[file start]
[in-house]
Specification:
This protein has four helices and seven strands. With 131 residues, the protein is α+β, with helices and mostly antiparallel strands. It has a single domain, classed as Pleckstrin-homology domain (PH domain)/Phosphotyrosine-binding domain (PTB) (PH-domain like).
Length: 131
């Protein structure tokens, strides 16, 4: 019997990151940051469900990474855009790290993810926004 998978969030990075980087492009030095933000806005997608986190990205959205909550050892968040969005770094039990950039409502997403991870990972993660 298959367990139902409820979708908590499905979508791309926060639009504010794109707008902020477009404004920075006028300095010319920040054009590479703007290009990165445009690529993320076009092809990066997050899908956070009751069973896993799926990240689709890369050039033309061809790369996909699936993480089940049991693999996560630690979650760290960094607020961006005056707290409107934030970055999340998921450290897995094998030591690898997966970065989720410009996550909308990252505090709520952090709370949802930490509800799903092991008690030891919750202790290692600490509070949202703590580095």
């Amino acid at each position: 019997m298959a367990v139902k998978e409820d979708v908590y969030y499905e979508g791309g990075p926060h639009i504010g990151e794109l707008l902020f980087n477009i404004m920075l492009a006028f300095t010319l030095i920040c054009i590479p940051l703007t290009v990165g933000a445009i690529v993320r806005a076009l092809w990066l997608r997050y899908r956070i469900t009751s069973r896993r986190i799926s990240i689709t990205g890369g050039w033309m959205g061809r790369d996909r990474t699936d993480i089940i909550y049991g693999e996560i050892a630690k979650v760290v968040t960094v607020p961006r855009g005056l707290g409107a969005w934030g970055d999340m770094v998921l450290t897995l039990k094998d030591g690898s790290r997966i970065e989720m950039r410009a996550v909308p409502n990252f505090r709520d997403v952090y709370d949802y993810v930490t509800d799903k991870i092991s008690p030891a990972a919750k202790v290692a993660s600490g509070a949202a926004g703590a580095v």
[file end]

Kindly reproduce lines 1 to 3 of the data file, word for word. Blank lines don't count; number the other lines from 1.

[in-house]
Specification:
This protein has four helices and seven strands. With 131 residues, the protein is α+β, with helices and mostly antiparallel strands. It has a single domain, classed as Pleckstrin-homology domain (PH domain)/Phosphotyrosine-binding domain (PTB) (PH-domain like).